• Children with FASD are learning to remain calm and stay focused with the help of a neurofeedback system that can be linked to standard computer games. The system relies on Electroencephalography, or EEG, measures of the electrical activity of the brain. When the child’s EEG activity is no longer in a calm state, the child’s video screen begins to fill with clouds or spiders, which helps the child develop awareness of the shift from a state of focus to lack of attention. Our researchers hope the system will help children with FASD learn to control their anxiety levels, and increase their capacity to concentrate.

• Exercise may help improve learning and memory in children with FASD. In a recent study, participants played a video game that operated as long as the children pedaled a specially wired exercise bicycle. The children’s capacity to learn and remember was tested before beginning the program, and again during, and after participating in the program.

Animal model research

Informing and supporting the clinical projects, a rat model of FASD is being utilized to identify biomarkers for alcohol exposure, investigate mechanisms underlying alcohol-related deficits, and test interventions to lessen behavioural and physical impacts of FASD, all under tightly controlled conditions not possible in clinical studies.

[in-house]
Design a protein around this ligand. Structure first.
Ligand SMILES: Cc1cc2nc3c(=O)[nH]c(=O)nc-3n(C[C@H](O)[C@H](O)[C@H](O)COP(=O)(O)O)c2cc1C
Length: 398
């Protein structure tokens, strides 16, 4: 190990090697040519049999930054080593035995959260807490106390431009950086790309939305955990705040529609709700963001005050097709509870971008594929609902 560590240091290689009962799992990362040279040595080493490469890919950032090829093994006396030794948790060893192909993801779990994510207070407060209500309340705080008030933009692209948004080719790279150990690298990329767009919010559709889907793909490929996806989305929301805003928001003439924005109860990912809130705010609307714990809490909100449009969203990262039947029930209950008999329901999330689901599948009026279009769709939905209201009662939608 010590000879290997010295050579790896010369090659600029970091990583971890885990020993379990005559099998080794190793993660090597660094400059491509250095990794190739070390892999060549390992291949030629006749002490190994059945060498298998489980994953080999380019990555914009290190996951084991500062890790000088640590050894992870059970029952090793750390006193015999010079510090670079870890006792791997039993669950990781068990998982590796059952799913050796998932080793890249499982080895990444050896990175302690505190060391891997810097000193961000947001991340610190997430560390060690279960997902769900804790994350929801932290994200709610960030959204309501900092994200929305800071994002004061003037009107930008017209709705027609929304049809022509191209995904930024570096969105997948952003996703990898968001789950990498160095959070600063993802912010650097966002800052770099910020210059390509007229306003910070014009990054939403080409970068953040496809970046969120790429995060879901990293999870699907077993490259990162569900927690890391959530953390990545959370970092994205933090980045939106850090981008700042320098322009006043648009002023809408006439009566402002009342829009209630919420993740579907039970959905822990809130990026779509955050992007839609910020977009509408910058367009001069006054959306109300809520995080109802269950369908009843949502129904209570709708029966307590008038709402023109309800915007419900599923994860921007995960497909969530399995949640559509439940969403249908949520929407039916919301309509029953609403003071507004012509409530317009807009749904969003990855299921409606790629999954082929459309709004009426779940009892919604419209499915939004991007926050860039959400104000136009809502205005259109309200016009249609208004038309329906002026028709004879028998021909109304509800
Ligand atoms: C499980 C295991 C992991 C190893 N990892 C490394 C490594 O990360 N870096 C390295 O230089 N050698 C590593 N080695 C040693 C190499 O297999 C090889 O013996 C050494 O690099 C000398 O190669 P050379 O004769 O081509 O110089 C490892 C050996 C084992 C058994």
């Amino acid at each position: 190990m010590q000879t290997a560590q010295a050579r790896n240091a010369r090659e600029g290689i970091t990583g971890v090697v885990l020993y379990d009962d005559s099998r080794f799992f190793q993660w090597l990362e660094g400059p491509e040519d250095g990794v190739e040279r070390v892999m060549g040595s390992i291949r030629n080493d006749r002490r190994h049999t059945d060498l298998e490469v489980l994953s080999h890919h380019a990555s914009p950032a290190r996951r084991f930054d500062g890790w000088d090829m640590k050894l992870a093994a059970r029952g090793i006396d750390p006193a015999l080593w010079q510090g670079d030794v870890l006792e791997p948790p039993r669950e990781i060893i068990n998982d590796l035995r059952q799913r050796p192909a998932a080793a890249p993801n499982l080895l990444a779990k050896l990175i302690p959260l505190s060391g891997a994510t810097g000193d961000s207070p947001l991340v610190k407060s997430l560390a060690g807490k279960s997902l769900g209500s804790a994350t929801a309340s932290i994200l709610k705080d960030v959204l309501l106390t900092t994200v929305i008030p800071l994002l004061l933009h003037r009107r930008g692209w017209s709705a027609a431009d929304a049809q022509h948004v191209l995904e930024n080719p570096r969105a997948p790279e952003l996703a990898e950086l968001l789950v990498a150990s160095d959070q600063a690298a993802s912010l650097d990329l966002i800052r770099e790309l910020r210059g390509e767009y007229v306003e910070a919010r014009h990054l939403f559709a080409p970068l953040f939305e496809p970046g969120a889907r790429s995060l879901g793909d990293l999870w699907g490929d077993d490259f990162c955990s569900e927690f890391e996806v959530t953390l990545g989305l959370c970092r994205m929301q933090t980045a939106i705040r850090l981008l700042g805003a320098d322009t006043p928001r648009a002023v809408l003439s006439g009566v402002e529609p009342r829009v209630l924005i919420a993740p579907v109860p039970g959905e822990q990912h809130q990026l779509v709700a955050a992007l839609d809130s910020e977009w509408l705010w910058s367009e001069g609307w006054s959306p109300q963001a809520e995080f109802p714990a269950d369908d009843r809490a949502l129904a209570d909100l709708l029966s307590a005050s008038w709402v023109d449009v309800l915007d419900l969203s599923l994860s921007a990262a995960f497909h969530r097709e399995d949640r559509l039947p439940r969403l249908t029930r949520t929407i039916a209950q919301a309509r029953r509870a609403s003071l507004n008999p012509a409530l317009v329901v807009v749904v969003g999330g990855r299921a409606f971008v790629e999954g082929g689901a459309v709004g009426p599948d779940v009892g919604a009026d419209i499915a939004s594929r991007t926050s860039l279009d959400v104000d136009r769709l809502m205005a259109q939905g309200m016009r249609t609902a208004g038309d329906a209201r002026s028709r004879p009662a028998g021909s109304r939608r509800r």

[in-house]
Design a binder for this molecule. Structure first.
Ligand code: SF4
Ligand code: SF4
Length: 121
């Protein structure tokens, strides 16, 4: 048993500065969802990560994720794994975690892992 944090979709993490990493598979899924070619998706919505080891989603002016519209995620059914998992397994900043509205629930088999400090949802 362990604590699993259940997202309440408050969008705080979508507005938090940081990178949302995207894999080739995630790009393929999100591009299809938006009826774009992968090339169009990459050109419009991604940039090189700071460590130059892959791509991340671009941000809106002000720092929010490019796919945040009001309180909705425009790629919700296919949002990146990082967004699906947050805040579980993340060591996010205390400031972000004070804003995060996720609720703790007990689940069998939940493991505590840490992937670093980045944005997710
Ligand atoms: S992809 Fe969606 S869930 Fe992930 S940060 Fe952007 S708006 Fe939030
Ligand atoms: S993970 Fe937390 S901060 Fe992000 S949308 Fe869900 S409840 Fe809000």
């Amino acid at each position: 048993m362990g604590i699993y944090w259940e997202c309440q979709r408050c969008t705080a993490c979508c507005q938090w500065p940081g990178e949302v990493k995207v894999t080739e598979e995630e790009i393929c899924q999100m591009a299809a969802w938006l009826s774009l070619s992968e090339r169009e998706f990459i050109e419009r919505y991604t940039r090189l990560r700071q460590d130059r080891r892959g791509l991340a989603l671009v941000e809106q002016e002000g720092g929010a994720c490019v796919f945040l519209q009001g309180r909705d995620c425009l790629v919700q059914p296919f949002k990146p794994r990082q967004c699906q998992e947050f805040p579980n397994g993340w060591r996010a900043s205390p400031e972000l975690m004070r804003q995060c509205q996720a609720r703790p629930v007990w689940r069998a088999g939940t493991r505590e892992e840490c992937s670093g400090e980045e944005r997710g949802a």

In our studies to date, we have identified neurobehavioural measures associated with vulnerability and resilience, identified possible mechanisms underlying alcohol-related deficits in executive function and social behavior, and found a correlations between stress hormones, social status, and cognitive performance, indicating that stress system dysregulation results in increased sensitivity to early life social and environmental factors.

These results are paralleled by novel clinical findings showing stress system dysregulation in children with FASD, and links between alterations in stress hormones, early life adversity and adverse outcomes.

Finally, in parallel with the clinical genetics study, we are currently analyzing gene expression/epigenetic profiles of the developing brain and white blood cells to identify epigenetic changes that could alter the developmental trajectory and underlie later life outcomes.

A unique strength of the rat model in this area of research is the ability to compare findings in blood and brain directly, which is critical in informing the clinical work where only peripheral tissues such as blood and buccal epithelial cells are available for analysis.

Knowledge Translation

The FASD research group and the Knowledge Translation team are collaborating on a program where families involved in Kids Brain Health research projects become actively engaged in the process of knowledge translation. The objective of the program is to enhance family participation in health research, while informing researchers’ understanding of family needs. Knowledge gained in this project will be used to build a family-centred education and support program that can be accessed in the home. Kids Brain Health will share its findings with health professionals to help identify gaps in information sharing and uptake, and improve services provided to families.

Team Leads

James Reynolds
Queen’s University

Joanne Weinberg
University of British Columbia

Albert Chudley
University of Manitoba